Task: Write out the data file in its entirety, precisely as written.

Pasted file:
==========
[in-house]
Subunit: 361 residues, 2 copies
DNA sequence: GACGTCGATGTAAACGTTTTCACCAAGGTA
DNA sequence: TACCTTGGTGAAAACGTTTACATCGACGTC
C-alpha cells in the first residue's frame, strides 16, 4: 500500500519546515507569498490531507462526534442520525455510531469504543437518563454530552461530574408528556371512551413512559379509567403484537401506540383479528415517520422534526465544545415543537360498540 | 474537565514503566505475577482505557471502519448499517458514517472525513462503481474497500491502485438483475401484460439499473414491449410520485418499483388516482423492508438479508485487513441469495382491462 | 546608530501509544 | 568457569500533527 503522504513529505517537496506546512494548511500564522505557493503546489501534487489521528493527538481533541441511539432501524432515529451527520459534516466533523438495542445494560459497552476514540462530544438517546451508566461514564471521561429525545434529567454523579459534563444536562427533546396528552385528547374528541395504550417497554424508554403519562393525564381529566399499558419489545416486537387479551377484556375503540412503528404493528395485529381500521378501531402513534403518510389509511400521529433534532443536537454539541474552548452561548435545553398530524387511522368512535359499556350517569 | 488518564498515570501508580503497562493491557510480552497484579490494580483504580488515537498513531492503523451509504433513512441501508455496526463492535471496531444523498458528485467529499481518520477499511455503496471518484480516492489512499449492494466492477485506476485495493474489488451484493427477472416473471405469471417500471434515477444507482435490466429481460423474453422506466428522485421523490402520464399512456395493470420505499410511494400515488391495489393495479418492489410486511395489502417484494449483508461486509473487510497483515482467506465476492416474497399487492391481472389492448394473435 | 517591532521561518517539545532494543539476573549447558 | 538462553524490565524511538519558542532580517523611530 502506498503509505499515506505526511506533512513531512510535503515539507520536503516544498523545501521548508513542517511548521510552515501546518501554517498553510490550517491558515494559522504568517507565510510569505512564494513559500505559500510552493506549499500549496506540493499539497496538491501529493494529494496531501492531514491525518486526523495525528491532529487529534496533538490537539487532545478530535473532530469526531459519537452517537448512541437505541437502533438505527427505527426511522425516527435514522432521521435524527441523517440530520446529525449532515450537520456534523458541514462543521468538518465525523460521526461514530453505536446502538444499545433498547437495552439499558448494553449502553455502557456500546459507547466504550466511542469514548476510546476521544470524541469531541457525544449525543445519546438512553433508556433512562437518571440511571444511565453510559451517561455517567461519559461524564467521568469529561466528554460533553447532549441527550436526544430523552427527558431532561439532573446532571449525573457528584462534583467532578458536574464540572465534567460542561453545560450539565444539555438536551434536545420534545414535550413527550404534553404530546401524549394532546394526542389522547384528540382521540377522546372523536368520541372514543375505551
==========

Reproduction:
[in-house]
Subunit: 361 residues, 2 copies
DNA sequence: GACGTCGATGTAAACGTTTTCACCAAGGTA
DNA sequence: TACCTTGGTGAAAACGTTTACATCGACGTC
C-alpha cells in the first residue's frame, strides 16, 4: 500500500519546515507569498490531507462526534442520525455510531469504543437518563454530552461530574408528556371512551413512559379509567403484537401506540383479528415517520422534526465544545415543537360498540 | 474537565514503566505475577482505557471502519448499517458514517472525513462503481474497500491502485438483475401484460439499473414491449410520485418499483388516482423492508438479508485487513441469495382491462 | 546608530501509544 | 568457569500533527 503522504513529505517537496506546512494548511500564522505557493503546489501534487489521528493527538481533541441511539432501524432515529451527520459534516466533523438495542445494560459497552476514540462530544438517546451508566461514564471521561429525545434529567454523579459534563444536562427533546396528552385528547374528541395504550417497554424508554403519562393525564381529566399499558419489545416486537387479551377484556375503540412503528404493528395485529381500521378501531402513534403518510389509511400521529433534532443536537454539541474552548452561548435545553398530524387511522368512535359499556350517569 | 488518564498515570501508580503497562493491557510480552497484579490494580483504580488515537498513531492503523451509504433513512441501508455496526463492535471496531444523498458528485467529499481518520477499511455503496471518484480516492489512499449492494466492477485506476485495493474489488451484493427477472416473471405469471417500471434515477444507482435490466429481460423474453422506466428522485421523490402520464399512456395493470420505499410511494400515488391495489393495479418492489410486511395489502417484494449483508461486509473487510497483515482467506465476492416474497399487492391481472389492448394473435 | 517591532521561518517539545532494543539476573549447558 | 538462553524490565524511538519558542532580517523611530 502506498503509505499515506505526511506533512513531512510535503515539507520536503516544498523545501521548508513542517511548521510552515501546518501554517498553510490550517491558515494559522504568517507565510510569505512564494513559500505559500510552493506549499500549496506540493499539497496538491501529493494529494496531501492531514491525518486526523495525528491532529487529534496533538490537539487532545478530535473532530469526531459519537452517537448512541437505541437502533438505527427505527426511522425516527435514522432521521435524527441523517440530520446529525449532515450537520456534523458541514462543521468538518465525523460521526461514530453505536446502538444499545433498547437495552439499558448494553449502553455502557456500546459507547466504550466511542469514548476510546476521544470524541469531541457525544449525543445519546438512553433508556433512562437518571440511571444511565453510559451517561455517567461519559461524564467521568469529561466528554460533553447532549441527550436526544430523552427527558431532561439532573446532571449525573457528584462534583467532578458536574464540572465534567460542561453545560450539565444539555438536551434536545420534545414535550413527550404534553404530546401524549394532546394526542389522547384528540382521540377522546372523536368520541372514543375505551